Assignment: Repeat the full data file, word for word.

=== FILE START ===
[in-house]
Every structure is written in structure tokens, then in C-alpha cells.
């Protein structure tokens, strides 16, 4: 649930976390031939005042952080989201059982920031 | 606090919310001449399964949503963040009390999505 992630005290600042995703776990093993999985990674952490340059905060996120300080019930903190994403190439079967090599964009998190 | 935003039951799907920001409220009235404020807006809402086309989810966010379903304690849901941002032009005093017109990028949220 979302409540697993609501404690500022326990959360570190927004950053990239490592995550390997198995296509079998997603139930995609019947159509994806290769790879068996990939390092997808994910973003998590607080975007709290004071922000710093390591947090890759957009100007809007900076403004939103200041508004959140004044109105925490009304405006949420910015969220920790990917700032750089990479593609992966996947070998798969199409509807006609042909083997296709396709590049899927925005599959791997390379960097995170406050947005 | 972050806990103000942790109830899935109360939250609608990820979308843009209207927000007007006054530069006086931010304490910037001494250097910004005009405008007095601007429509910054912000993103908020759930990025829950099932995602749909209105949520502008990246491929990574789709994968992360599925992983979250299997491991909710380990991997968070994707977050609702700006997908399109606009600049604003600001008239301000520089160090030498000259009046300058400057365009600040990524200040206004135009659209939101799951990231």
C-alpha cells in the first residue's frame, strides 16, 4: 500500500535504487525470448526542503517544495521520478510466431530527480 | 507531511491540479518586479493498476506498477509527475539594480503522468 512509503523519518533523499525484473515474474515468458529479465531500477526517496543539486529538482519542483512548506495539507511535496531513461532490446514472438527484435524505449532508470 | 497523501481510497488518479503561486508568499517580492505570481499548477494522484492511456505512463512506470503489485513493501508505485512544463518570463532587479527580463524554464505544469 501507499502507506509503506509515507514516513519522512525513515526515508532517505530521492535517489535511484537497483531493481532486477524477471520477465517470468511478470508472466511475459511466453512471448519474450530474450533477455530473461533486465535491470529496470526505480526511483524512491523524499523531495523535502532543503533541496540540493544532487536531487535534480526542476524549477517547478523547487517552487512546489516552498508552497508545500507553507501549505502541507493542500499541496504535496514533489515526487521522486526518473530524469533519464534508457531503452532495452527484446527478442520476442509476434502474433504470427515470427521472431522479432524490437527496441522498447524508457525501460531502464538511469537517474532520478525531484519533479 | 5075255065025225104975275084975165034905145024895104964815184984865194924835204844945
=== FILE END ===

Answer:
[in-house]
Every structure is written in structure tokens, then in C-alpha cells.
């Protein structure tokens, strides 16, 4: 649930976390031939005042952080989201059982920031 | 606090919310001449399964949503963040009390999505 992630005290600042995703776990093993999985990674952490340059905060996120300080019930903190994403190439079967090599964009998190 | 935003039951799907920001409220009235404020807006809402086309989810966010379903304690849901941002032009005093017109990028949220 979302409540697993609501404690500022326990959360570190927004950053990239490592995550390997198995296509079998997603139930995609019947159509994806290769790879068996990939390092997808994910973003998590607080975007709290004071922000710093390591947090890759957009100007809007900076403004939103200041508004959140004044109105925490009304405006949420910015969220920790990917700032750089990479593609992966996947070998798969199409509807006609042909083997296709396709590049899927925005599959791997390379960097995170406050947005 | 972050806990103000942790109830899935109360939250609608990820979308843009209207927000007007006054530069006086931010304490910037001494250097910004005009405008007095601007429509910054912000993103908020759930990025829950099932995602749909209105949520502008990246491929990574789709994968992360599925992983979250299997491991909710380990991997968070994707977050609702700006997908399109606009600049604003600001008239301000520089160090030498000259009046300058400057365009600040990524200040206004135009659209939101799951990231």
C-alpha cells in the first residue's frame, strides 16, 4: 500500500535504487525470448526542503517544495521520478510466431530527480 | 507531511491540479518586479493498476506498477509527475539594480503522468 512509503523519518533523499525484473515474474515468458529479465531500477526517496543539486529538482519542483512548506495539507511535496531513461532490446514472438527484435524505449532508470 | 497523501481510497488518479503561486508568499517580492505570481499548477494522484492511456505512463512506470503489485513493501508505485512544463518570463532587479527580463524554464505544469 501507499502507506509503506509515507514516513519522512525513515526515508532517505530521492535517489535511484537497483531493481532486477524477471520477465517470468511478470508472466511475459511466453512471448519474450530474450533477455530473461533486465535491470529496470526505480526511483524512491523524499523531495523535502532543503533541496540540493544532487536531487535534480526542476524549477517547478523547487517552487512546489516552498508552497508545500507553507501549505502541507493542500499541496504535496514533489515526487521522486526518473530524469533519464534508457531503452532495452527484446527478442520476442509476434502474433504470427515470427521472431522479432524490437527496441522498447524508457525501460531502464538511469537517474532520478525531484519533479 | 5075255065025225104975275084975165034905145024895104964815184984865194924835204844945